There are many valid reasons for recommending these tests. From a parent’s perspective, it’s important to know if your child is struggling in the classroom so that you can help identify and address the problem. Once your child learns to manage whatever the issue may be, he or she will be better prepared to learn.

WashingtonPost.com recently featured the article, “Why so many kids can’t sit still in school today,” by a pediatric occupational therapist who has been fielding frequent calls regarding childhood ADHD.

But what this therapist found through a day of observation in a fifth grade classroom wasn’t a bunch of kids with ADHD. She found kids who had poor core fitness—their abdominal muscles weren’t strong enough to support proper balance. That’s right—the same reasons adults go to the gym to exercise our abs and use stability balls as chairs at work are just as important for our kids. Because of the students’ restricted movement throughout the day, they weren’t ready to sit still and learn.

You can read the article in its entirety here. This therapist’s experience isn’t unique—it’s likely happening with your kids, too. There are many questions we should be asking:

  • What can parents do to address this lack of mobility inside the classroom?
  • How can you spend this summer helping your child build core strength and improve his or her fitness
  • What will you do when your child starts school in the fall to keep him or her active and fit for the classroom?

Help other parents and share your ideas in the comments below or in the forum. We want to hear your solutions.

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10 Ways to Promote Learning at Home

May 19, 2015

By Maureen Powers

10 Ways to Promote Learning at Home | Learning can happen anywhere. In fact, the most important learning happens outside the four walls of a classroom. One of the best things parents can do for their children is to offer experiences beyond those that normally take place at school. Here are 10 activities you can use to promote learning at home.

Imagine two children in the same classroom. One child has never cooked a meal with his parents and one has been cooking with her grandmother at least once a week since she was old enough to stir with a big spoon.

The class reads a book about a family preparing tamales for a holiday meal. The child with no cooking experience has difficulty understanding the words used in the story and building a picture in his mind as he reads about what the family is experiencing.

The child with cooking experience pictures and understands the vocabulary very quickly and easily.

Learning can happen anywhere. In fact, the most important learning happens outside the four walls of a classroom. One of the best things parents can do for their children is to offer experiences beyond those that normally take place at school.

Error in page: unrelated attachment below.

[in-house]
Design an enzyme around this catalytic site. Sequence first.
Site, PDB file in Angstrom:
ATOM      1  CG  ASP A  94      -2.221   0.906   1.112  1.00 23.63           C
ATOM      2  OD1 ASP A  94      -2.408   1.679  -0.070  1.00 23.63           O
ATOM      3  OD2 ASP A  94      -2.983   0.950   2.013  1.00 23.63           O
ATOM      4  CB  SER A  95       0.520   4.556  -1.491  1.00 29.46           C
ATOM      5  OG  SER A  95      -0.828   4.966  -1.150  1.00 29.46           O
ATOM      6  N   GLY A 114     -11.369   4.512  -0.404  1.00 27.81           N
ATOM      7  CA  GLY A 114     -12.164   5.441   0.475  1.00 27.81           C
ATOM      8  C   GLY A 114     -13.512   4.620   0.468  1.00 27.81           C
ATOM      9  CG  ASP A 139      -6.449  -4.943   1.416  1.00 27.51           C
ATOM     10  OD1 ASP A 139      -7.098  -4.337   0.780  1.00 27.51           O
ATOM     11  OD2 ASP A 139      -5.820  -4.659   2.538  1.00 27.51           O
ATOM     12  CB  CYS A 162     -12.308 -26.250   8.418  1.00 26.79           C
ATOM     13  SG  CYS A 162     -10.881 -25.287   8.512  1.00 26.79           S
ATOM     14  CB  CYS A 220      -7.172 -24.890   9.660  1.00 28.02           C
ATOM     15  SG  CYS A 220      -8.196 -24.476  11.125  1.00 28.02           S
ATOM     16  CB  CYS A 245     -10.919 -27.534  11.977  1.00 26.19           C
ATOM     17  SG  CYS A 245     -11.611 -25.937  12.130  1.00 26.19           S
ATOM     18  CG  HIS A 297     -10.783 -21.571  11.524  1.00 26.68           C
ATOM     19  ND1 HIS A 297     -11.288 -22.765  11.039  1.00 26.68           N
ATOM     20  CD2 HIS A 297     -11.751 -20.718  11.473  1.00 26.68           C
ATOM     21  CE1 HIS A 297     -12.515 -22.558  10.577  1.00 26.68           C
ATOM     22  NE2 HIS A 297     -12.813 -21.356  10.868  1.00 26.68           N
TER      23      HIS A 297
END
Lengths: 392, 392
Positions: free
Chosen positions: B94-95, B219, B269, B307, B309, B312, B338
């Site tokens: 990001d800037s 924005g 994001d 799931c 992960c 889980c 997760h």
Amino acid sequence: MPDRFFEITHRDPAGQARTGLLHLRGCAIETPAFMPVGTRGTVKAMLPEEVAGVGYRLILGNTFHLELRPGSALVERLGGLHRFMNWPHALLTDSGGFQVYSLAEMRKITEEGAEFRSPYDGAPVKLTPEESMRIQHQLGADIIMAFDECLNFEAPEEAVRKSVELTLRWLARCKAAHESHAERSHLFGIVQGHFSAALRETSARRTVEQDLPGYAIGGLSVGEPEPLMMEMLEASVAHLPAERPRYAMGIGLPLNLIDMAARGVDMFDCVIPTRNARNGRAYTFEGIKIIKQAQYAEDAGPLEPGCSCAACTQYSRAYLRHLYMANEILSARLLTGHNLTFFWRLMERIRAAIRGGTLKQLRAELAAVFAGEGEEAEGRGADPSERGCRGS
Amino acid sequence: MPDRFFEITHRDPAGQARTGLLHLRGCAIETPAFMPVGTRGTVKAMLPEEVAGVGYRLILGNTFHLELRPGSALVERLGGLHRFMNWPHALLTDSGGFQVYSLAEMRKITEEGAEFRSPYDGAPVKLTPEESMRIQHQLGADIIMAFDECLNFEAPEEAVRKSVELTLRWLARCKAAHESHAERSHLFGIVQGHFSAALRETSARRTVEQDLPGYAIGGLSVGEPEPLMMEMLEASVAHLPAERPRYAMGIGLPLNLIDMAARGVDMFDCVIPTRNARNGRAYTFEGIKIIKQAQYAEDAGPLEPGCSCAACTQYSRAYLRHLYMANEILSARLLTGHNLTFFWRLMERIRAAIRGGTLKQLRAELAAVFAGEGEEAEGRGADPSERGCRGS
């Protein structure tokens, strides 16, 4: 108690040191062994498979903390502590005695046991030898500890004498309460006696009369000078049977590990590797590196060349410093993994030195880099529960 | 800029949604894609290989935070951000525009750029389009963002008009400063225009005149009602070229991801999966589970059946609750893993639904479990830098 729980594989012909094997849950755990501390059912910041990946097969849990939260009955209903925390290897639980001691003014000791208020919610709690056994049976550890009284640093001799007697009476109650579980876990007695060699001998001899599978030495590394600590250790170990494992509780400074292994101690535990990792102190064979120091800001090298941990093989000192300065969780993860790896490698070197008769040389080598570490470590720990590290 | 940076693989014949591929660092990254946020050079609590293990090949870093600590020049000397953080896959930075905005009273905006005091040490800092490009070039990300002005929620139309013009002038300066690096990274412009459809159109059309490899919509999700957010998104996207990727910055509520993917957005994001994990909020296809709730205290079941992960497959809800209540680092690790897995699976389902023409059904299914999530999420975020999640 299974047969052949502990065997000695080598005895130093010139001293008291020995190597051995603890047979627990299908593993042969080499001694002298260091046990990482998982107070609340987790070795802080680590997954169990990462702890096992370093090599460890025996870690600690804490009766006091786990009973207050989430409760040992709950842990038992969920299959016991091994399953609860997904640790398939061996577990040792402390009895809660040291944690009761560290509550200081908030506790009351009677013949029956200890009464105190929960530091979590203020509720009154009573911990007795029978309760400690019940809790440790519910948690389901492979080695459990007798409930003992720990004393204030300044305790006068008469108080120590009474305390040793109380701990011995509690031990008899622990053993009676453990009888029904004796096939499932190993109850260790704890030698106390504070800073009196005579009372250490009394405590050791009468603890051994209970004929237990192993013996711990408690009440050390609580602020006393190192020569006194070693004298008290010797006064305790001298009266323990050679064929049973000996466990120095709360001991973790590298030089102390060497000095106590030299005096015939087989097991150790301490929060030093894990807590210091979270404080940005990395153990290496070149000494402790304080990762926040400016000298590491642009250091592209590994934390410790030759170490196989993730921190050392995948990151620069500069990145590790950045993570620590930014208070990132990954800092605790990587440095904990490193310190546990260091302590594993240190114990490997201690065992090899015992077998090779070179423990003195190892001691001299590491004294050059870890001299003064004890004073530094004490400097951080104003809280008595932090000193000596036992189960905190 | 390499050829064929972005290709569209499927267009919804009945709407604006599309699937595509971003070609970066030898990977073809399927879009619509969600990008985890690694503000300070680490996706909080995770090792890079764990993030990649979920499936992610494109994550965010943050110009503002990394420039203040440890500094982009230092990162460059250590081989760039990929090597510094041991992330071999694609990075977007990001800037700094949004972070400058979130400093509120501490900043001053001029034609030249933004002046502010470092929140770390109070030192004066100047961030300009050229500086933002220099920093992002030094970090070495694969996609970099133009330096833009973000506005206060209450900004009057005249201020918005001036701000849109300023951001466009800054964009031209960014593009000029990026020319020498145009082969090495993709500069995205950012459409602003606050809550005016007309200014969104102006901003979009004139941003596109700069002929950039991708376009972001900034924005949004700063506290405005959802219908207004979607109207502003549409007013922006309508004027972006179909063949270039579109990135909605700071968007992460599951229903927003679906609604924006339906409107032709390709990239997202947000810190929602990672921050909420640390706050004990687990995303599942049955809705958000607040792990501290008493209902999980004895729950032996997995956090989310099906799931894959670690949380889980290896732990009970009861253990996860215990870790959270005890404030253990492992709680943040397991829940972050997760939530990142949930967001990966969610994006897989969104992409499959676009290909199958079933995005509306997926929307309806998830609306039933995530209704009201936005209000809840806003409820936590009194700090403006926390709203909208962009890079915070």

Psychologist Lev Vygotsky found that learning happens when children interact with their communities. New experiences can build vocabulary and give children more knowledge about their world, which is called “prior knowledge.” Children need this prior knowledge as a foundation for learning new things and making sense of them. It affects how easily they can learn and organize new information, according to the author Marilla Svinicki.

Now that you know how important it is to provide learning opportunities at home, how can you create those teachable moments?

  1. Cook with your children. PBS Parents gives great ideas and instructions to get you started.
  2. Allow children to help you make minor, age-appropriate repairs around the house. Name the tools you are using and talk about what you are doing and why. Let your kids tinker, using this website to find free repair manuals for just about everything.
  3. Go outside and mark off a two-foot area of the ground. Watch for any insects that enter or exit the area. Talk to your children about the insects you see and take pictures to look them up later at the library or on the computer.
  4. Attend free experiences offered at the local library. Libraries are a great resource for learning activities designed for children of all ages.
  5. Many communities offer free concerts in the park during the summer months. Check with your local parks and recreation department and let your children experience live music. Point out the different instruments, encouraging them to find the sound each one makes in the song.
  6. When your child wonders about something out loud, talk to him or her about it. Then research it on YouTube. You can learn how to do just about anything by watching videos and tutorials.
  7. Khan Academy is a free website and a great resource for learning just about anything, even HTML coding for kids.
  8. Get an annual pass to the local zoo or science museum. Many museums offer reduced or free admission once a week. Let your kids touch any interactive displays and talk about the animals or exhibits.
  9. Visit the closest national park. Consider purchasing an annual pass that will get your family into all the national parks for a reduced fee. Military families can get a pass for free.
  10. Travel, try new things, explore your community and remember to talk, talk, talk to your children about what they are seeing, hearing, experiencing, and thinking. Ask questions and listen to their answers. You will end up learning something, too!

For more tips to develop your child's academic skills at home, check out our YOU: Your Child's First Teacher books, now available on Amazon